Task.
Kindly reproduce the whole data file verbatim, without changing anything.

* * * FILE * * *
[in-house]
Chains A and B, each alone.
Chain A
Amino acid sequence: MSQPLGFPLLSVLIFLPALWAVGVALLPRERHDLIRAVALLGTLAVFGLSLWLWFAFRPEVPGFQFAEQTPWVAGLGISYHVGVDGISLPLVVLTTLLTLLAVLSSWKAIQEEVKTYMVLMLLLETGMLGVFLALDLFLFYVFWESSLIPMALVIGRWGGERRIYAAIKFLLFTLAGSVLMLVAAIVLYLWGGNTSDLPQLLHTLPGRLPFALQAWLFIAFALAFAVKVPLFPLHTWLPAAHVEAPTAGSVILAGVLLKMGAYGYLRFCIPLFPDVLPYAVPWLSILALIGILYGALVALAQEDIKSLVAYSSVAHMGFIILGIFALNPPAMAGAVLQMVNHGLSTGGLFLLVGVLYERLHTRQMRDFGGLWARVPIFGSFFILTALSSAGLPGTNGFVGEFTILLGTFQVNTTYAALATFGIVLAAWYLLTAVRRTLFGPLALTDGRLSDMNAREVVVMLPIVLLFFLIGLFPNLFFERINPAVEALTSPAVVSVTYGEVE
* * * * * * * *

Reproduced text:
[in-house]
Chains A and B, each alone.
Chain A
Amino acid sequence: MSQPLGFPLLSVLIFLPALWAVGVALLPRERHDLIRAVALLGTLAVFGLSLWLWFAFRPEVPGFQFAEQTPWVAGLGISYHVGVDGISLPLVVLTTLLTLLAVLSSWKAIQEEVKTYMVLMLLLETGMLGVFLALDLFLFYVFWESSLIPMALVIGRWGGERRIYAAIKFLLFTLAGSVLMLVAAIVLYLWGGNTSDLPQLLHTLPGRLPFALQAWLFIAFALAFAVKVPLFPLHTWLPAAHVEAPTAGSVILAGVLLKMGAYGYLRFCIPLFPDVLPYAVPWLSILALIGILYGALVALAQEDIKSLVAYSSVAHMGFIILGIFALNPPAMAGAVLQMVNHGLSTGGLFLLVGVLYERLHTRQMRDFGGLWARVPIFGSFFILTALSSAGLPGTNGFVGEFTILLGTFQVNTTYAALATFGIVLAAWYLLTAVRRTLFGPLALTDGRLSDMNAREVVVMLPIVLLFFLIGLFPNLFFERINPAVEALTSPAVVSVTYGEVE